Monday, May 17, 2010

Boris Spassky

Boris Spassky was the 10th World Chess Champion (from 1969 to 1972). He was born in 1937 in Leningrad, Russia. He learned chess as a youngster in the Urals where he lived during the Second World War. He became international master in 1953, and junior world champion in 1955 and received his grandmaster title in the same year. He won the World Championship against Tigran Petrosian in 1969 and became one of the most popular of all champions with his naturally polite, friendly disposition.

In 1972 American Bobby Fischer challenged Spassky for the title of World Champion which was held in Reykjavik, Iceland. This most publicized world championship in chess history took place during the Cold War between the USA and the USSR. As a consequence both players were under considerable pressure to win. When Fischer defeated Spassky, 35 years of Soviet domination of the world championship also ended. Spassky returned to his homeland in disgrace.

After this match Spassky continued to play at top level and won the 1973 Soviet championship and other international tournaments. He still plays occasionally today and is a frequent participant in the annual Ladies vs. Veterans competitions.

(Extracted from the Chess Corner.)

The following game is one of Spassky's Immortal Games.

URS Championship 1960
King's Gambit Accepted; Modern Defense

1. e4, e5
2. f4, exd4
3. Nf3, d5

Recommended variation. This allows Black to free his two Bishops for defense.

4. exd5, Bd6

If 4. ... Qxd5, 5. Nc3 Qd8, 6. Bc4 ... Black's move 4 prevents the White Bishop from going to c4.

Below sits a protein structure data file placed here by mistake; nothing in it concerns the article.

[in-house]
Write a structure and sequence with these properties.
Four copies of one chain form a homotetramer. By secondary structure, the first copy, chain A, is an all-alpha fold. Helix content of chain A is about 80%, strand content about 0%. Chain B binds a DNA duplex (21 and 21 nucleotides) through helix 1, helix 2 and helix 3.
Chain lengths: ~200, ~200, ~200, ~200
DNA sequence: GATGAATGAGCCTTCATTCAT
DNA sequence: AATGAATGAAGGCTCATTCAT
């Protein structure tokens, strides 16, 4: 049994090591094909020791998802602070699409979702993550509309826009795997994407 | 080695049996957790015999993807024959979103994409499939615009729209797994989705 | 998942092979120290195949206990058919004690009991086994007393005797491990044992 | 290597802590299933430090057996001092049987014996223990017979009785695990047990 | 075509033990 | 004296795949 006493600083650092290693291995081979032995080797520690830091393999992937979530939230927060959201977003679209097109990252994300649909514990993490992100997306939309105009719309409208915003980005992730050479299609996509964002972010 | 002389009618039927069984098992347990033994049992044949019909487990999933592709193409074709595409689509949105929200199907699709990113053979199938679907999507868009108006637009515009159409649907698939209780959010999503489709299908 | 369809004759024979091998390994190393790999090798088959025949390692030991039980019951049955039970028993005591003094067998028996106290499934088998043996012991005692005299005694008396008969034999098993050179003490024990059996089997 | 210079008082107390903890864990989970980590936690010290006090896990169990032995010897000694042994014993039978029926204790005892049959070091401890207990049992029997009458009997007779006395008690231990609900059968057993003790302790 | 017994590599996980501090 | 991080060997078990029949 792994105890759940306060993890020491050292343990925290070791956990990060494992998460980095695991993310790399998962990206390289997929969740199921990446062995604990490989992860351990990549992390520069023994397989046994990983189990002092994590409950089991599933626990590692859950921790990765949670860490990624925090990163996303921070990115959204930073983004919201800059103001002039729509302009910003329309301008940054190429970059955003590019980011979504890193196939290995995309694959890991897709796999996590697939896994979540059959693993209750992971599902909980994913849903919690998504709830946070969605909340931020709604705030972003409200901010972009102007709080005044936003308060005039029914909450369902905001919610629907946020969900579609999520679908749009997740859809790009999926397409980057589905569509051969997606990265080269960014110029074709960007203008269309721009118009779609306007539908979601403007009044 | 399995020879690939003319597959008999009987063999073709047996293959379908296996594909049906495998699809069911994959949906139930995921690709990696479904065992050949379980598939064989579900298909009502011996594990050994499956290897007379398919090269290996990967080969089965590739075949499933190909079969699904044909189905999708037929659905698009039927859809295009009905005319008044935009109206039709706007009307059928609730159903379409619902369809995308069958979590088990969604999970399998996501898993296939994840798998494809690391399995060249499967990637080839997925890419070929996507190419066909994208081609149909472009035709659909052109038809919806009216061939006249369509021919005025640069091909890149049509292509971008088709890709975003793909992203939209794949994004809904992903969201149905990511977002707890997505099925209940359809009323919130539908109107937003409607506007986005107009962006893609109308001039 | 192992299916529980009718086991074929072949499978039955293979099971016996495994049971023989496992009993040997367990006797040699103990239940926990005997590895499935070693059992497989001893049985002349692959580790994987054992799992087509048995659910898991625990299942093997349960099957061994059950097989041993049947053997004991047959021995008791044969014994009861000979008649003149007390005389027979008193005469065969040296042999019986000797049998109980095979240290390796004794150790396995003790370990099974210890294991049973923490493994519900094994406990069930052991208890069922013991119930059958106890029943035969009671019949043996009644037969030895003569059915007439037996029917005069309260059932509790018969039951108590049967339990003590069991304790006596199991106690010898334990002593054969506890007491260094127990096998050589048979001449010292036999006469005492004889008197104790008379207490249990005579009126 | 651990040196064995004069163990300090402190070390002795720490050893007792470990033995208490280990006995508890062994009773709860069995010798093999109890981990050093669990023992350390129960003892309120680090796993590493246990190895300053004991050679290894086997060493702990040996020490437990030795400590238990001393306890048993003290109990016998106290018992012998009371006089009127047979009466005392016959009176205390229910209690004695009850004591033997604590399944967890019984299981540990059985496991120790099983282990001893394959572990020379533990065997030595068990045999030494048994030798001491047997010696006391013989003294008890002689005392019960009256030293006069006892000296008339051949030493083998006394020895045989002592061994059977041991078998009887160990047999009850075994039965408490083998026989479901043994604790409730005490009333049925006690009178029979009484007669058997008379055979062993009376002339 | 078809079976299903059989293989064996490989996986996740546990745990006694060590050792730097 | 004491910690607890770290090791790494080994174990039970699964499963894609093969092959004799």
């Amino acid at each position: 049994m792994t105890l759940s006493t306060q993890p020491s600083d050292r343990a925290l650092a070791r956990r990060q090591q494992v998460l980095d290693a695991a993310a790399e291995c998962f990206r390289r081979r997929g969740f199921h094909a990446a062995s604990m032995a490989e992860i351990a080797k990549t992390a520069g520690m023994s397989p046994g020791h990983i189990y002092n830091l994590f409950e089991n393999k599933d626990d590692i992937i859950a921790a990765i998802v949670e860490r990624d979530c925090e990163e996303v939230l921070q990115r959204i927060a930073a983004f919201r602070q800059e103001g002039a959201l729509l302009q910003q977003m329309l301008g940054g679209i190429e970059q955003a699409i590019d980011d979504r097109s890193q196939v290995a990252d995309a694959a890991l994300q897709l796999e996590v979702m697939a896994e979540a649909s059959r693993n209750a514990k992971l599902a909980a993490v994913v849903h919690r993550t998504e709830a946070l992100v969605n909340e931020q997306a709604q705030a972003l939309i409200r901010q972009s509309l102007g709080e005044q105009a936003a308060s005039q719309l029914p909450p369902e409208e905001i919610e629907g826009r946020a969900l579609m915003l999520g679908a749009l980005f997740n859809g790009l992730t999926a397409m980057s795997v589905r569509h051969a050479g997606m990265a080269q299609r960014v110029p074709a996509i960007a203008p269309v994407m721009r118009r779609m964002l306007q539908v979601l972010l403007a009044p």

5. Nc3, Ne7
6. d4! ....

The double-pawn served to strengthen White's control of the center.

6. .... 0-0
7. Bd3, Nd7
8. 0-0, h6
9. Ne4, Nxd5

Black took the poisoned pawn, not knowing of an impending attack at the center board.

10. c4!!, Ne3
11. Bxe3, fxe3
12. c5!!, Be7
13. Bc2 ...

A preparatory move, allowing White to move its Queen to an attacking position.

13. .... Re8
14. Qd3!, e2

Intended for White's consumption. If 15. Qxe2, f5!; 16. Knight move, Bxc5!

15. Nd6!! ....

A real shocker! GM Soltis commented that this is one of the deepest sacrifices ever.

15. .... Nf8

What happens if the queening pawn takes the rook? Let us see... If 15. .... exf1, 16. Rxf1 Nf8, 17. Nxf7!! Kxf7, 18. Ng5++ Kg8, 19. Bb3+ Kh8, 20. Nf7+ and wins the Queen. If 17. .... Qd7, 18. N3f5 Qe6, 19. Bb3!! with a tremendous attack.

16. Nxf7!!, exf1=Q+
17. Rxf1, Bf5

This move is intended to free Black's Queen. It looks like a useless move, but Black has nothing better. If 17......Qd2, then 18. Bb3 attacks the King.

18. Qxf5, Qd7
19. Qf4, Bf6
20. N3e5, Qe7
21. Bb3!!, Bxe5
22. Nxe5+, Kh7

If 23. .... Kh8, then 24. Qe4 followed by 25. Rxf8 with an attack we see at the end of this game.

23. Qe4+, Resigns

Black loses his Queen after 23. ....g6, 24. Qd5!! Qe6  (Not 24....Ne6, 25. Rf7+), 25. Rf7+ Kh8  (Not 25....Kg8, 26. Qxb7 and White wins by a fork.); 26. Rxf8 enabling capture of the Black Queen.

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